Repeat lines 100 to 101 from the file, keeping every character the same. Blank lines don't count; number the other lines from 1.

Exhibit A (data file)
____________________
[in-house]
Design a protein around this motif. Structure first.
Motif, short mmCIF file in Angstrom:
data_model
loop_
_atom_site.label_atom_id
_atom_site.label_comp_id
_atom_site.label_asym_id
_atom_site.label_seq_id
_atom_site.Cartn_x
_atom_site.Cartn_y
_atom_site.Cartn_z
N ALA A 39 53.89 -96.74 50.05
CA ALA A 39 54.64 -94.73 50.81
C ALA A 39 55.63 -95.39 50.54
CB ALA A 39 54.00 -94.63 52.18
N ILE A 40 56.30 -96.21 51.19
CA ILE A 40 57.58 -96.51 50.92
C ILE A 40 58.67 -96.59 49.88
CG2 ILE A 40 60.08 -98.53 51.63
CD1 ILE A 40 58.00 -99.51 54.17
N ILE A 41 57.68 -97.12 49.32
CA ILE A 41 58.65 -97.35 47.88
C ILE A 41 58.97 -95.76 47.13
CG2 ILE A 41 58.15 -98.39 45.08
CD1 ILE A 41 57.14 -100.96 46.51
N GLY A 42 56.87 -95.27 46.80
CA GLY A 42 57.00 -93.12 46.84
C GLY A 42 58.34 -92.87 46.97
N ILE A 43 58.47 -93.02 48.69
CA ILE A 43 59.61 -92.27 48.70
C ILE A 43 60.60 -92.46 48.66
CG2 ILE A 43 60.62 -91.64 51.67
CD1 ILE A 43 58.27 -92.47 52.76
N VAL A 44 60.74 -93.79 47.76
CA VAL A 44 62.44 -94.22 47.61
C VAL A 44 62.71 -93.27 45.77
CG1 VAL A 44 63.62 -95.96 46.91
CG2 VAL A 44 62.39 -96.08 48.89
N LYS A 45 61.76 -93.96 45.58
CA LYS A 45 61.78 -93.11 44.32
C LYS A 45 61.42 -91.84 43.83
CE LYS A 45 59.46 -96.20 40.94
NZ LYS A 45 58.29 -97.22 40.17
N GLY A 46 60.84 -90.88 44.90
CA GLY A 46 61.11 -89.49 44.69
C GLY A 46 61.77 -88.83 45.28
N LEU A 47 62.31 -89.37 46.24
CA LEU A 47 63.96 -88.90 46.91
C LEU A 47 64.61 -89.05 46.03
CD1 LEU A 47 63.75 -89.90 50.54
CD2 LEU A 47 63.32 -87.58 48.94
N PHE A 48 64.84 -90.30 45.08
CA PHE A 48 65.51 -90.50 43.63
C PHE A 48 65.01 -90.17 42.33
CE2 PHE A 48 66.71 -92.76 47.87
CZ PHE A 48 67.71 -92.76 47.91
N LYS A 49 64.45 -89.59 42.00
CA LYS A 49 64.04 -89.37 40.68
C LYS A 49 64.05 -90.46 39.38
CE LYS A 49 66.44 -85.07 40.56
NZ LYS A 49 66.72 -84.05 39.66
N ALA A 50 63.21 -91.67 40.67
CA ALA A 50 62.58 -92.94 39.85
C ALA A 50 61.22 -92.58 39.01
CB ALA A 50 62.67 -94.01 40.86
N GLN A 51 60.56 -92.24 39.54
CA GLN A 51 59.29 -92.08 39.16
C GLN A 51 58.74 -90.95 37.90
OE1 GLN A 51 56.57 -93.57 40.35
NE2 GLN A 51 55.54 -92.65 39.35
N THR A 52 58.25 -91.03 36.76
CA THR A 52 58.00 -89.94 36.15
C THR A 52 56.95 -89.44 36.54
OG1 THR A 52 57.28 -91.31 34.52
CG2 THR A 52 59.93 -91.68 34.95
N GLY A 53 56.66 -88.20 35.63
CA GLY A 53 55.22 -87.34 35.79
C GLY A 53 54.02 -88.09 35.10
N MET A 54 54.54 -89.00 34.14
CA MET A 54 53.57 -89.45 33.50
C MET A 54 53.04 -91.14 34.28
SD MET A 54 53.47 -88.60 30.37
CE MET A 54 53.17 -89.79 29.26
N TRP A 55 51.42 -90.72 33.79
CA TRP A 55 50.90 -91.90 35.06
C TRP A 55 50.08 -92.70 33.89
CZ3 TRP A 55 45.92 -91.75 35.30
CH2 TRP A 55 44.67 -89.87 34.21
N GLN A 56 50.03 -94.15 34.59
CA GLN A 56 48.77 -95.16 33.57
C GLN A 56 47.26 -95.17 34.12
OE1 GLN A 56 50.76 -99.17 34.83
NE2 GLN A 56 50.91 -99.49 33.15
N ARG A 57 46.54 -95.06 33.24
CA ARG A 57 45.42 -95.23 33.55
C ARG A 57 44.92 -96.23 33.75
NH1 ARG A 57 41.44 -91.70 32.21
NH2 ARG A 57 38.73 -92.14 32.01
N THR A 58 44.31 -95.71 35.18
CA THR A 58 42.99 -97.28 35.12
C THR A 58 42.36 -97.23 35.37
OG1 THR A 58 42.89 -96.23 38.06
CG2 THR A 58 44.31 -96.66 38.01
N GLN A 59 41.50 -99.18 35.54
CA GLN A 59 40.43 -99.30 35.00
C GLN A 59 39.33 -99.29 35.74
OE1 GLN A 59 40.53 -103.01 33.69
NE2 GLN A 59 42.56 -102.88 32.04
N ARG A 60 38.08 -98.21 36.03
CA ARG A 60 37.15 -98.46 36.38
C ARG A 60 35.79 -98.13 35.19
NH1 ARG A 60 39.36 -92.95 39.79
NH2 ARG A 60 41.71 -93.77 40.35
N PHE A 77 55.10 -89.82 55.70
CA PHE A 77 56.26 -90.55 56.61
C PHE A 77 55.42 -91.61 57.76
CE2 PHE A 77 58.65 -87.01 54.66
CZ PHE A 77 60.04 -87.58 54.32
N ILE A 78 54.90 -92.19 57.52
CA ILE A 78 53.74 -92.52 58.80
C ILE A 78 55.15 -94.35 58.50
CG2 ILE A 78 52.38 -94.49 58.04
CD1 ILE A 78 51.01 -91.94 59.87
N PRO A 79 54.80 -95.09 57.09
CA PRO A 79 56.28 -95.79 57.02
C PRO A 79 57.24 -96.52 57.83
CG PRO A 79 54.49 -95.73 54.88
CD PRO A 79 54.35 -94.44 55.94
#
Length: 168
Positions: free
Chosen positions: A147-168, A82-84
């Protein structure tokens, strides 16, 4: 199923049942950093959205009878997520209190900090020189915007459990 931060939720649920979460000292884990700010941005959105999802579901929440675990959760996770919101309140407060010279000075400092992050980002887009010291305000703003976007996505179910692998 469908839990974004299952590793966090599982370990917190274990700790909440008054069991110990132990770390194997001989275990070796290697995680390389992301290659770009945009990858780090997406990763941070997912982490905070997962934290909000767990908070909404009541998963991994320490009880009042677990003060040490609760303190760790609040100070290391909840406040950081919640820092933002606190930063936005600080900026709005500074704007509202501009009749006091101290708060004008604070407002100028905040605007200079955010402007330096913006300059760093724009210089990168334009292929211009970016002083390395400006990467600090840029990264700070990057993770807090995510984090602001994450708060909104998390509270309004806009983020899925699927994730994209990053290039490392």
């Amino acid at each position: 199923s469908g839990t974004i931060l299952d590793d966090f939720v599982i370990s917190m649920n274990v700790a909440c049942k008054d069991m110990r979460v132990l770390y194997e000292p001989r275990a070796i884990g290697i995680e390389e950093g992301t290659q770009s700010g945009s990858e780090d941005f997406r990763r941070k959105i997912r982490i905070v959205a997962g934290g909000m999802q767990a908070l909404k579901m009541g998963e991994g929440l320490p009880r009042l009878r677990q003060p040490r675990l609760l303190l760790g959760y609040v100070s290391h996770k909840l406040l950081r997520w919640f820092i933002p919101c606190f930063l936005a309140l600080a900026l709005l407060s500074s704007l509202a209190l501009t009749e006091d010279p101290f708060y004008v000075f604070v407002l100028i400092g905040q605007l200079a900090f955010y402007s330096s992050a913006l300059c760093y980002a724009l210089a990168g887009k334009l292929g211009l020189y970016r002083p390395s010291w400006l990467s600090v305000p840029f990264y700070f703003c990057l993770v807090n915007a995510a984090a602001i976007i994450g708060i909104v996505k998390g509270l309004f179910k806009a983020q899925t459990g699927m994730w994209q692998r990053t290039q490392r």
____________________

N THR A 58 44.31 -95.71 35.18
CA THR A 58 42.99 -97.28 35.12